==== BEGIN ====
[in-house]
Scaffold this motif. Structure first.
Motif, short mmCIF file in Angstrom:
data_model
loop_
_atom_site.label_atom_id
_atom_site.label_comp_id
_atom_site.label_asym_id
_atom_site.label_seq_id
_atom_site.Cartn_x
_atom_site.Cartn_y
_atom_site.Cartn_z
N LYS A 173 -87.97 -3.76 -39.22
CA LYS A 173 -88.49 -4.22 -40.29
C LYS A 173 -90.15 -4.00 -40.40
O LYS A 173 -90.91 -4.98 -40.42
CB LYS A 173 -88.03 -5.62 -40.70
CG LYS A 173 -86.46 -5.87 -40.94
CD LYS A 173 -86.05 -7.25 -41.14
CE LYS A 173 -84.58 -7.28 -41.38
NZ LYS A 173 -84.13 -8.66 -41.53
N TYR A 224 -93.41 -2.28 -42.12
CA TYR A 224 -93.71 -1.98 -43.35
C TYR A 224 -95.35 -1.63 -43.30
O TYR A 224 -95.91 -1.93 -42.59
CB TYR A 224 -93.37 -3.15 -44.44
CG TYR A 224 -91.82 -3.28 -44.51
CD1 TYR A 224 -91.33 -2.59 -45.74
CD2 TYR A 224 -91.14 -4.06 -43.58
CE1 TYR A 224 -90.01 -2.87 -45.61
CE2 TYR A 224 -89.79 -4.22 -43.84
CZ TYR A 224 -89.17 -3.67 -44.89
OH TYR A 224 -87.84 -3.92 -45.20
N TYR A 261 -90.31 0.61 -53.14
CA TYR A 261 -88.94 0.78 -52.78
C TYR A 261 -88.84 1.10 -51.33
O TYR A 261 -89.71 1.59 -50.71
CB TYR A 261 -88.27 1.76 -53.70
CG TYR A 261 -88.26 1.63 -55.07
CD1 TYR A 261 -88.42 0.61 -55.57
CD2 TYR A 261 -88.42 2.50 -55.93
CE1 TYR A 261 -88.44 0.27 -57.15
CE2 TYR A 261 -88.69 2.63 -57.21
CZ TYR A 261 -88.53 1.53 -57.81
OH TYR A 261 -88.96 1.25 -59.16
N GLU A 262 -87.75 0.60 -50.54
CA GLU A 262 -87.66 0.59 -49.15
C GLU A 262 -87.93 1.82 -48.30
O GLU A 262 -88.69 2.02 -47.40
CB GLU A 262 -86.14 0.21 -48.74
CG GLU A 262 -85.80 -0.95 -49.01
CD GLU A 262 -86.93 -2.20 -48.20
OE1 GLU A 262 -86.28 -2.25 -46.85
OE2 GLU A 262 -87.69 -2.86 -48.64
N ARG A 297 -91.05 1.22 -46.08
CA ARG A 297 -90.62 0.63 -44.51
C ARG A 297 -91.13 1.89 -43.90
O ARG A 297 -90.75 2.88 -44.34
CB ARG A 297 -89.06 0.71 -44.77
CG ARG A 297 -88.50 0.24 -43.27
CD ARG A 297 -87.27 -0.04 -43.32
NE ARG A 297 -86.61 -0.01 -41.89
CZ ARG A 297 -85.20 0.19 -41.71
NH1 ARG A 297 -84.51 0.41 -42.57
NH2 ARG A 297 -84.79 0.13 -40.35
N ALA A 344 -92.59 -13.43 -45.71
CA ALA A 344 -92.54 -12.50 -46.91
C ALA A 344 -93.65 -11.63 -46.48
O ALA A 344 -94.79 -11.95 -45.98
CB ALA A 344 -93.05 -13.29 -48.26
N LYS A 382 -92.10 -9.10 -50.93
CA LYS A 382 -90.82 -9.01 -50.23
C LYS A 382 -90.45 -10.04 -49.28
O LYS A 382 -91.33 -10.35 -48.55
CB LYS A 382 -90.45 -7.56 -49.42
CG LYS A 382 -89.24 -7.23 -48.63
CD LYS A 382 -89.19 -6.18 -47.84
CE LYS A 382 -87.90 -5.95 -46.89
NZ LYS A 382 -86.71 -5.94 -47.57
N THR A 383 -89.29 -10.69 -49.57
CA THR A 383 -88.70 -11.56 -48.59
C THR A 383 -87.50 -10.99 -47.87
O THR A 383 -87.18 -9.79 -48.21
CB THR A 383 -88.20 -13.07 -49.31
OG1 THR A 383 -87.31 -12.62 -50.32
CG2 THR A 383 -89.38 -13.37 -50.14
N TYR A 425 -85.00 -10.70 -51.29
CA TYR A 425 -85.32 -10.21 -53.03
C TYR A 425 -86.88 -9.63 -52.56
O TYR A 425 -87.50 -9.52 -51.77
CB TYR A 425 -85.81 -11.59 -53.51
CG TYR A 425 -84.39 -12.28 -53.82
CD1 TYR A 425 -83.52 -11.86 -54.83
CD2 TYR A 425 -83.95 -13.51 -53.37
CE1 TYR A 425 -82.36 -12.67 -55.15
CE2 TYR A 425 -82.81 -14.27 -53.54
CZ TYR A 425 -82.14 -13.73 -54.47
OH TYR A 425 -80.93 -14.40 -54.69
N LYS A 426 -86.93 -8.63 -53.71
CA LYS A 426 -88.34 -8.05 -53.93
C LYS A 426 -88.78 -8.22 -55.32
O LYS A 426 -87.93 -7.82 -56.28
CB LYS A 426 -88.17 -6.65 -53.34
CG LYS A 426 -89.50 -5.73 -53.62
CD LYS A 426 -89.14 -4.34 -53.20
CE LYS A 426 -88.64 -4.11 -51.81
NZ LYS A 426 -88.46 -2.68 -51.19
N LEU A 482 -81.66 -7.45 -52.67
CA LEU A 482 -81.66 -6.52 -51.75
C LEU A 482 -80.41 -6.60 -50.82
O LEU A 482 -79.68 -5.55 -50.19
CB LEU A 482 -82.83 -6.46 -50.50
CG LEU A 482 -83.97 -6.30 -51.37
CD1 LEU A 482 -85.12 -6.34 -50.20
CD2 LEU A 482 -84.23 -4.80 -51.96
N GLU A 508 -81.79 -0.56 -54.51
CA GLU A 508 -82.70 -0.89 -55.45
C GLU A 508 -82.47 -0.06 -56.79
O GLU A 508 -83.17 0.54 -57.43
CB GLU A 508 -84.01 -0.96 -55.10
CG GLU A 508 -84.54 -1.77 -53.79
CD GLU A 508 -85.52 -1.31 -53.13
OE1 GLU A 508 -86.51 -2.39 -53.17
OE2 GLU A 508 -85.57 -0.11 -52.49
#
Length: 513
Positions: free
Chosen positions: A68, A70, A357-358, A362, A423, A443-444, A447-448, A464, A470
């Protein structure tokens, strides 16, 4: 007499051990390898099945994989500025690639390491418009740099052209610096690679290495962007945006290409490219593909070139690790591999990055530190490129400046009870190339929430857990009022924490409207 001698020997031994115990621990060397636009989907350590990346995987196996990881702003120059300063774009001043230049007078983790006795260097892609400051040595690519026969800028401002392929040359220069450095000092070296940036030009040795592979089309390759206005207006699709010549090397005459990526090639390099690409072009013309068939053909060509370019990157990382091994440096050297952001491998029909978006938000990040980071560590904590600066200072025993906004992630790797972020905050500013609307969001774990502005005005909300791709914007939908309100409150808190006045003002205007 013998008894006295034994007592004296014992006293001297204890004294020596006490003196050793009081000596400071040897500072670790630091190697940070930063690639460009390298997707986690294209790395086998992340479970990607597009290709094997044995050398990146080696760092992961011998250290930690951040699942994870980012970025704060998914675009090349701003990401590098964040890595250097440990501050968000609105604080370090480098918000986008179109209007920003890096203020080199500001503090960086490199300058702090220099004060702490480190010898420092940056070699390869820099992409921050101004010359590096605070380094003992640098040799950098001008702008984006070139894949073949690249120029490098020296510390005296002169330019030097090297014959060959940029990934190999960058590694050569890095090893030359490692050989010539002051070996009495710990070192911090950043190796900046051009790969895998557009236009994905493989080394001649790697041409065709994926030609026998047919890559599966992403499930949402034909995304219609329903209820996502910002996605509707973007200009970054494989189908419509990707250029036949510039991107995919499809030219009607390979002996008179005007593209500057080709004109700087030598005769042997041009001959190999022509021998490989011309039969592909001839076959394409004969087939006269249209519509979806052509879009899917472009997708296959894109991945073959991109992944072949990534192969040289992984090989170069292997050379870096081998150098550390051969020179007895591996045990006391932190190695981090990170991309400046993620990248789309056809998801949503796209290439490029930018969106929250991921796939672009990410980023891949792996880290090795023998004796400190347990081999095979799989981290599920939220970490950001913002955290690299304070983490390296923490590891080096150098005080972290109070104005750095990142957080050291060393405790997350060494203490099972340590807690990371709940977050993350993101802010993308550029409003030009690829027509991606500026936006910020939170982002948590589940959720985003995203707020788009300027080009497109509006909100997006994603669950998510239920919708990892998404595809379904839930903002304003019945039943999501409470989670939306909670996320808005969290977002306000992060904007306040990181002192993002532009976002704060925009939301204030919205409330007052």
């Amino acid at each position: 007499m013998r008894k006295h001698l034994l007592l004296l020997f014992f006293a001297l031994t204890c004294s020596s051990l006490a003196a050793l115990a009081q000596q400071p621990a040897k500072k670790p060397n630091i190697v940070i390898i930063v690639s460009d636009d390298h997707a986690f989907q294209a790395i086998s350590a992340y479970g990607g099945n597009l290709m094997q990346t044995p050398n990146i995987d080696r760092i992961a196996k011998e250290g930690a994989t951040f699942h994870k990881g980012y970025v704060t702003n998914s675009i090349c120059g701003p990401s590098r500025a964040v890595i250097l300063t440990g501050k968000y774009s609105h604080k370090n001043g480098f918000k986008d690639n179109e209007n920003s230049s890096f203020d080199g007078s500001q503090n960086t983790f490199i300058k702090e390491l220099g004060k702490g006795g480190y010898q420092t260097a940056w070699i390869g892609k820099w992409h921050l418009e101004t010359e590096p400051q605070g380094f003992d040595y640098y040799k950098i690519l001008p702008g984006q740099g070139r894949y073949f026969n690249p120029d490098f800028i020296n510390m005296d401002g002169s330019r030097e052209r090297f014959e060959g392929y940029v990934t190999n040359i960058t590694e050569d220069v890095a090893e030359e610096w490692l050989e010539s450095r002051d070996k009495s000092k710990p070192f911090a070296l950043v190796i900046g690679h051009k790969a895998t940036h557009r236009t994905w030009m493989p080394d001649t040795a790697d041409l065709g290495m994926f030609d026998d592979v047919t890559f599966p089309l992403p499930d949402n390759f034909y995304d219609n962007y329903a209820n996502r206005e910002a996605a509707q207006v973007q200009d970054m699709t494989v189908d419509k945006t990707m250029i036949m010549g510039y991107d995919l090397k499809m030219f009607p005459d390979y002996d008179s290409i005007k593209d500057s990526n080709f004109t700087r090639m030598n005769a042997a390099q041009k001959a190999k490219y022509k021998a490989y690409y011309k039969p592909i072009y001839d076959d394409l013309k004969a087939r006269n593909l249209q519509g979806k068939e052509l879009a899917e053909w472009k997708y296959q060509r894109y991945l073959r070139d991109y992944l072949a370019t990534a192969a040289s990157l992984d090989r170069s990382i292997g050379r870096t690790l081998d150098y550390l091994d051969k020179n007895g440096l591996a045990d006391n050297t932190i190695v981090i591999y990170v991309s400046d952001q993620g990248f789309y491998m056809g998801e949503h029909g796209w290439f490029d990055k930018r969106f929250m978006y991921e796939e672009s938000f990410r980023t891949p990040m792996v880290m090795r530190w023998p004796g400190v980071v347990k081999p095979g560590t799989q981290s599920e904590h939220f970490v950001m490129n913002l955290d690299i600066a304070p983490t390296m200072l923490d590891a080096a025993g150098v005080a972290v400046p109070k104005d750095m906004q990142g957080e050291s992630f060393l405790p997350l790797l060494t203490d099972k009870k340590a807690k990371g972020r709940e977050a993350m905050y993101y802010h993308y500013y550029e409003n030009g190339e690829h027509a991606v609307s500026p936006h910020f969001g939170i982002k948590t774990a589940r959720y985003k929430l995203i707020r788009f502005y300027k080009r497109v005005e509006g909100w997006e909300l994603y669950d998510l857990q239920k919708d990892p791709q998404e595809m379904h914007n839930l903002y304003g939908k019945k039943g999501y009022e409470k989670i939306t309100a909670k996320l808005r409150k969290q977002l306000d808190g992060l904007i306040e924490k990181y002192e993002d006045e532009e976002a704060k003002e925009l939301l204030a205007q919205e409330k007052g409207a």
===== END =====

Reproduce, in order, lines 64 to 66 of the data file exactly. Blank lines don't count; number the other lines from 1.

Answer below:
NH1 ARG A 297 -84.51 0.41 -42.57
NH2 ARG A 297 -84.79 0.13 -40.35
N ALA A 344 -92.59 -13.43 -45.71